Research Brief: Why Female Entrepreneurs Suffer Start-Up Stress
What Did The Study Look At?
If female entrepreneurs feel as if they’re living in a man’s world, there’s good reason. Research has shown that entrepreneurs are perceived as embodying masculine characteristics such as self-assertion and independence. Communal traits ascribed to women, such as concern for others and interpersonal sensitivity, are deemed ill-fitting with entrepreneurship.
Given that women who start new businesses can be exposed to these stereotypes, do they perceive the start-up journey as more stressful than men?
This study is among the first to compare how female and male entrepreneurs assess stress during the business start-up process. It focuses on two potential stressors: high financial need and lack of social support. Stereotypically, women who start businesses are expected to be motivated less by financial gain and more by the chance for greater flexibility. And they’re expected to value social relationships much more highly than male entrepreneurs. If they face high financial need and have little social support, the researchers ask, do they experience greater stress than men?
How Was The Study Designed?
This study is part of a larger research project on entrepreneurial resilience. It followed first-time entrepreneurs in a government-funded training program over one year as they planned and launched their new businesses. Participants enrolled in the program were unemployed and contemplating new ventures such as property maintenance, financial advising, and IT consulting. One hundred and eight entrepreneurs responded to all surveys over the one-year period.
What Did The Study Find?
- Women have higher levels of stress appraisals than men when faced with high financial need during business start-up. When finances were more abundant, there were no gender differences in stress appraisals.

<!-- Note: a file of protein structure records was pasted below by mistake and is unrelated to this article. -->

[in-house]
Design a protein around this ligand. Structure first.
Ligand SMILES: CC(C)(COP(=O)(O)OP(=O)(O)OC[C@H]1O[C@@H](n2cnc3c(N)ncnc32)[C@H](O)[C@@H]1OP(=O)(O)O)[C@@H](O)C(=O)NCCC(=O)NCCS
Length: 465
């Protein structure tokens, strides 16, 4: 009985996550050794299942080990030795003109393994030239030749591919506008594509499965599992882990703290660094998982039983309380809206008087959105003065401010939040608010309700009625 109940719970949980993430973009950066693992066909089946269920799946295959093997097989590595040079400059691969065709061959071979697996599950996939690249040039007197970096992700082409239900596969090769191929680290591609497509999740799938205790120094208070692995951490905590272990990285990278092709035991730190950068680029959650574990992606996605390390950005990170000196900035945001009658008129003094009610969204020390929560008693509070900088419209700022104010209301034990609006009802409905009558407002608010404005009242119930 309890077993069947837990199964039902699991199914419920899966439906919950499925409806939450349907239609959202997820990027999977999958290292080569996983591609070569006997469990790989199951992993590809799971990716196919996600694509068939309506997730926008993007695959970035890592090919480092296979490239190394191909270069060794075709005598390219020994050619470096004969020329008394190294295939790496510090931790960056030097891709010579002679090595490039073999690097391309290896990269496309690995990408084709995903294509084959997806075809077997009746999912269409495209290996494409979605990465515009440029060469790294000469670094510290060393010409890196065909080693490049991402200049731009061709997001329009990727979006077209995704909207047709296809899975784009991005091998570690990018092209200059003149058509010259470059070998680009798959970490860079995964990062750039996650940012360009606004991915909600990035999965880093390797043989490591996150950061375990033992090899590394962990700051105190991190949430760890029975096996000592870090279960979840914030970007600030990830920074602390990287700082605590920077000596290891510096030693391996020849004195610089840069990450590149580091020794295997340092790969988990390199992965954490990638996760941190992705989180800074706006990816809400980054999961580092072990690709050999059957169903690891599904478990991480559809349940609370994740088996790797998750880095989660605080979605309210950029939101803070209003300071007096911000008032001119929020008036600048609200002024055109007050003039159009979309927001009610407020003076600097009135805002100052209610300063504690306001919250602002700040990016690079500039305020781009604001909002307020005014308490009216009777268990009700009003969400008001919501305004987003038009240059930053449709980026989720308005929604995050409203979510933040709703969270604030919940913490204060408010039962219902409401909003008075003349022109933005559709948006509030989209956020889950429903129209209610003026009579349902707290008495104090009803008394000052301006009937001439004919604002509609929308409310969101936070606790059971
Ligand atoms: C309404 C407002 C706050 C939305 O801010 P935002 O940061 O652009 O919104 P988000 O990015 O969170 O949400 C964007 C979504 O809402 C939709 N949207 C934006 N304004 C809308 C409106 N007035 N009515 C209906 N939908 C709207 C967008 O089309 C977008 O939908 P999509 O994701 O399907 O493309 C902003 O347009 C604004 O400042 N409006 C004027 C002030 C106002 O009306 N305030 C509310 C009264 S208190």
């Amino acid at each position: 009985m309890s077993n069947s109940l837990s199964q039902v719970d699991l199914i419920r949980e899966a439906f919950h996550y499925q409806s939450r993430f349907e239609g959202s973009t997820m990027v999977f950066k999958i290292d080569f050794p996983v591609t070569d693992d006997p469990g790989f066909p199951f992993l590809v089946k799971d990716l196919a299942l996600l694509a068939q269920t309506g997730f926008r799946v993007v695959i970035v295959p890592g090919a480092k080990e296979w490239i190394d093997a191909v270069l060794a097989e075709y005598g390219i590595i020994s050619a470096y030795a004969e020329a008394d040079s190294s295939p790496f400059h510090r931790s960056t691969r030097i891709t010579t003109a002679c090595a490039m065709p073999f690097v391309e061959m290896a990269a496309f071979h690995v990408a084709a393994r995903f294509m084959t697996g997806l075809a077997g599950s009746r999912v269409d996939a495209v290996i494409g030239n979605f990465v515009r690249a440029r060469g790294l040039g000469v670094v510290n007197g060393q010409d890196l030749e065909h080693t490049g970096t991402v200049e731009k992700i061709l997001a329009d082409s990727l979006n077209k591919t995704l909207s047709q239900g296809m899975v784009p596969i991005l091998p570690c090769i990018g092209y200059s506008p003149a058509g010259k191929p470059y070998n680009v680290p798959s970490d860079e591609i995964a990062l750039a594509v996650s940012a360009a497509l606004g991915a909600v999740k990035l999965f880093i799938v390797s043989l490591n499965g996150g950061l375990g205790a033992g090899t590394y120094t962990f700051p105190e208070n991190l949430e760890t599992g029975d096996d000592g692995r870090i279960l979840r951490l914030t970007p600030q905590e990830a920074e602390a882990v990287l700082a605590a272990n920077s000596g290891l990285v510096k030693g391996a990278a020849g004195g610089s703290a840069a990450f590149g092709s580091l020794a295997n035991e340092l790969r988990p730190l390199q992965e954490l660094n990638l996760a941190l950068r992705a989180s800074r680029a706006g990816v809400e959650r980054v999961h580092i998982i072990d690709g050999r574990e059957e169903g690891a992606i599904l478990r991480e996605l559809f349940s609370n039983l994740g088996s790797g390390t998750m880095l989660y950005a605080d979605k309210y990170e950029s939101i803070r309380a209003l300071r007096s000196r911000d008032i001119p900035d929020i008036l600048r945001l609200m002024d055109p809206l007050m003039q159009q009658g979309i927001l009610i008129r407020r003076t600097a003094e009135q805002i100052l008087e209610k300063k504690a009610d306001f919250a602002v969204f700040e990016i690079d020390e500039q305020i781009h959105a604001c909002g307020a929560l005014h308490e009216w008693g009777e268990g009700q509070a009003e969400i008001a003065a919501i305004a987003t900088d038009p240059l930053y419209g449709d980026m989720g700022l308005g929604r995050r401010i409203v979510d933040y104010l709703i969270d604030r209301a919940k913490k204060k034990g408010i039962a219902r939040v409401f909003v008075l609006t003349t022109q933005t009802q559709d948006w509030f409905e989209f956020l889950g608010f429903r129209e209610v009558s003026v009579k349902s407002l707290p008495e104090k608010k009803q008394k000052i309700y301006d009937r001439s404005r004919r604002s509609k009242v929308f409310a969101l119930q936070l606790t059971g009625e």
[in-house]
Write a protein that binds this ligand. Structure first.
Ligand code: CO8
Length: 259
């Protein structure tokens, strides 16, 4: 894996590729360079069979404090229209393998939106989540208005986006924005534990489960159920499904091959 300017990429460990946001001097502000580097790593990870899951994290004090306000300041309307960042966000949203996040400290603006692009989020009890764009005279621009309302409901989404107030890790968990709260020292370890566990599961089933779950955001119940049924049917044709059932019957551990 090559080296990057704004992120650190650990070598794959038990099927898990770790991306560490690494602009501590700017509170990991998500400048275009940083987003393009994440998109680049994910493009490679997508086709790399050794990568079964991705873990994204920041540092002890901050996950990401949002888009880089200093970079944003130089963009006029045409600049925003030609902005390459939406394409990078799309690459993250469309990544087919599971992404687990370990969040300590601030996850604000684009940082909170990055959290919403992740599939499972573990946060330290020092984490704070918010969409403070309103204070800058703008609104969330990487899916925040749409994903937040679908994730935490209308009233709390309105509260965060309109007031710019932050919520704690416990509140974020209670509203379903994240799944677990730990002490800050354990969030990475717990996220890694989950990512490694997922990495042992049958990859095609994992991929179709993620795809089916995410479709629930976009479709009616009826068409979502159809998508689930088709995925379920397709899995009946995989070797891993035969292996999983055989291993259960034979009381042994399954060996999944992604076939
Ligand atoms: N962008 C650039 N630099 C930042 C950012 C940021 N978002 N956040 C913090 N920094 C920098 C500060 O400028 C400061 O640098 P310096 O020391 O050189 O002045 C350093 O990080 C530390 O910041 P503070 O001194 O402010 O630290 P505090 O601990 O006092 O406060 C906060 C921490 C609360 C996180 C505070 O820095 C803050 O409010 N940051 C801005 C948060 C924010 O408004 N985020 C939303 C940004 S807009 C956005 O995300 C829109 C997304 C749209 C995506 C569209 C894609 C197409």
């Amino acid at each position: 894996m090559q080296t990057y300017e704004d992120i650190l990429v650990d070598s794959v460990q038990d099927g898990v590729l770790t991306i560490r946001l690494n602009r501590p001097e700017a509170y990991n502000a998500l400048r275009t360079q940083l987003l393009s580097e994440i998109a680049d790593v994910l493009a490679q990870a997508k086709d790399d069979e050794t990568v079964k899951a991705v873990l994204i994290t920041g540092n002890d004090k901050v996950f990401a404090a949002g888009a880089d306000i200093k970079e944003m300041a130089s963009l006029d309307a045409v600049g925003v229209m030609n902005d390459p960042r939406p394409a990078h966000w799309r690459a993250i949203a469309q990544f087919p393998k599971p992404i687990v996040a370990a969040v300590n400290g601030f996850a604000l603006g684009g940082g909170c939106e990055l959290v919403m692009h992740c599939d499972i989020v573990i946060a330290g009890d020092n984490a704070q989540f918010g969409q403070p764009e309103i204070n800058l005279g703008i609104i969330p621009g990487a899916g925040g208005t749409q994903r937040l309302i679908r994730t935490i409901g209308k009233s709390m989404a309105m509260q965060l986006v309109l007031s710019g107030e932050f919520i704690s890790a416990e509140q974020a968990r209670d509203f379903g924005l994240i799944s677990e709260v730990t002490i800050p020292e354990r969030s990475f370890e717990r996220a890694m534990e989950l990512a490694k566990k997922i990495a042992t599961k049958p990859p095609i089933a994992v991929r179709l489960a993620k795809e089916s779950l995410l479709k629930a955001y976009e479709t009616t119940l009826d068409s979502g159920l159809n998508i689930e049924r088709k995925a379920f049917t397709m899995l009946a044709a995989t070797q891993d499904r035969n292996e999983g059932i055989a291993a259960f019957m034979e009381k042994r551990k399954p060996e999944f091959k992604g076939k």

- Women have higher levels of stress appraisals than men when faced with low levels of social support during business start-up. When social support was more available, there were no gender differences in stress appraisals.
- These stress appraisals during business start-up predict higher psychological distress for entrepreneurs one year later.
What Do I Need to Know?
It has been well documented that gender stereotypes make it more difficult for women to raise venture capital and earn credibility as entrepreneurs. With this study, it now appears such stereotypes make starting a business a more stressful experience as well.
“Our findings illustrate that such stereotypes about women as being less agentic and more communal can make the process of pursuing financial goals more stressful for women,” the researchers write in their paper.
The researchers argue that future work is needed to reduce the extent to which entrepreneurship is viewed as a stereotypically male domain; it should be highlighted, for example, how entrepreneurs can be both financially and communally motivated. They issue a call to action to entrepreneurs, investors, mentors, and trainers to be more aware of potential biases around how they view and support female entrepreneurs.
The researchers also point to the importance of providing female entrepreneurs with greater social support. Men are less likely to value social support but, “ironically, scholars have found that men nonetheless receive more social support than women when starting up a business.”
Supporting female entrepreneurs could include training programs and other initiatives that focus on building social resources to improve effectiveness and well-being on the entrepreneurial journey.
They say the health implications of stress cannot be ignored. Whether it is a support group or another type of resource, finding effective ways to mitigate psychological distress is paramount in helping new entrepreneurs thrive during a very stressful and uncertain time.
Title: “Not for the Faint of Heart? A Gendered Perspective on Psychological Distress in Entrepreneurship”
Authors: Ingrid C. Chadwick (John Molson School of Business, Concordia University), Jana L. Raver (Smith School of Business, Queen’s University)
Published: Journal of Occupational Health Psychology (published online May 16, 2019)
— Kate Irwin